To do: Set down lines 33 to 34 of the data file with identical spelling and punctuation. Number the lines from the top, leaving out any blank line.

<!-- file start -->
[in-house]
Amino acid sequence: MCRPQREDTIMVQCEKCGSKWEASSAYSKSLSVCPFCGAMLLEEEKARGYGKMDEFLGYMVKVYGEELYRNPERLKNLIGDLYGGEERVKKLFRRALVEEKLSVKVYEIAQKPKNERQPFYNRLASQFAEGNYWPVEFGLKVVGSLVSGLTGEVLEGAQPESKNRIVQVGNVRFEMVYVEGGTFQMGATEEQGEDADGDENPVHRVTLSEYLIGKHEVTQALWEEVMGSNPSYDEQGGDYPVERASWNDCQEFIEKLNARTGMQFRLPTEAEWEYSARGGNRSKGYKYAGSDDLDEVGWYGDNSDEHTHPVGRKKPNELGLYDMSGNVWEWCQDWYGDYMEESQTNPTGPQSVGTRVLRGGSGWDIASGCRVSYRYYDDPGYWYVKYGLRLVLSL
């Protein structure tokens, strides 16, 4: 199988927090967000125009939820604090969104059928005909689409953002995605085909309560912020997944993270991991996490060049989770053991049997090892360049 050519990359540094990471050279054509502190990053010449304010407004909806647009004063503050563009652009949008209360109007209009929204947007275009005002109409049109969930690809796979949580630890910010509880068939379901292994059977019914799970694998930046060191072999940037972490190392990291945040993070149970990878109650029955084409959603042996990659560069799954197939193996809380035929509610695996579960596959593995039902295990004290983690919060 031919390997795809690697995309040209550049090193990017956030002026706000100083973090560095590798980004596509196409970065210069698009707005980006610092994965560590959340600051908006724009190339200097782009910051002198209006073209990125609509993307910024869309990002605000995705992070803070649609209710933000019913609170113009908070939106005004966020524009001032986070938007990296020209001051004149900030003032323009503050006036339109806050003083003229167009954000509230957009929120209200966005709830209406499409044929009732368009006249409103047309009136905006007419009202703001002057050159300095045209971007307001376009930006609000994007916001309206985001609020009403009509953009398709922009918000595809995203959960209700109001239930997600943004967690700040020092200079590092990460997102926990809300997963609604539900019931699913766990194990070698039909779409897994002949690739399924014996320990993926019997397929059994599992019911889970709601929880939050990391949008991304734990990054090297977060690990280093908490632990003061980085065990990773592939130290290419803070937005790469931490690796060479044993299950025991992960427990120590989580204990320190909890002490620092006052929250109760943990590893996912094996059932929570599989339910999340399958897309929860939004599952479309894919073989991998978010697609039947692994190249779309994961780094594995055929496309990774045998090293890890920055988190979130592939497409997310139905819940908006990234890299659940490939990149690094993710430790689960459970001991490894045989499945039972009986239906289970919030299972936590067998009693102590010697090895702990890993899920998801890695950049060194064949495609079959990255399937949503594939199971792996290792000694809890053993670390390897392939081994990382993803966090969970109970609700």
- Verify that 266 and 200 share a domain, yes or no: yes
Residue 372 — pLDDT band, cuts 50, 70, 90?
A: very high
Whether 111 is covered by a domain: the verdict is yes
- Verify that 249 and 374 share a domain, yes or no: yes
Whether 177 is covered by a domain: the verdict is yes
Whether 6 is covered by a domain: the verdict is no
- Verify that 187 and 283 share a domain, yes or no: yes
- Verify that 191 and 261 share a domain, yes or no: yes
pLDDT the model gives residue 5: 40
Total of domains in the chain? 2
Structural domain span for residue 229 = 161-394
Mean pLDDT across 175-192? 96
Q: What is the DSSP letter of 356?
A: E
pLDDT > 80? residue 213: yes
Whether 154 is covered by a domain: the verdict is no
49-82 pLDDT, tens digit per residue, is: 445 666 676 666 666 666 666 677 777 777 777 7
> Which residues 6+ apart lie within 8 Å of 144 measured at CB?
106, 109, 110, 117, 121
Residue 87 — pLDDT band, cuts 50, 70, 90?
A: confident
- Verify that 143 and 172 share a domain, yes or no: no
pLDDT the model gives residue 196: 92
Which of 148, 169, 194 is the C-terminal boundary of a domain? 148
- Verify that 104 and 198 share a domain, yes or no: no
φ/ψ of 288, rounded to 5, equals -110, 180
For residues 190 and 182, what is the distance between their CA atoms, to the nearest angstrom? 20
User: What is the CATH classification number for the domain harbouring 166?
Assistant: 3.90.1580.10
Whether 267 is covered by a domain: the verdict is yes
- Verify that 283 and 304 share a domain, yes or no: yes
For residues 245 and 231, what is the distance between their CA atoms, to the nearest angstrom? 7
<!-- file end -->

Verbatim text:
Assistant: 3.90.1580.10
Whether 267 is covered by a domain: the verdict is yes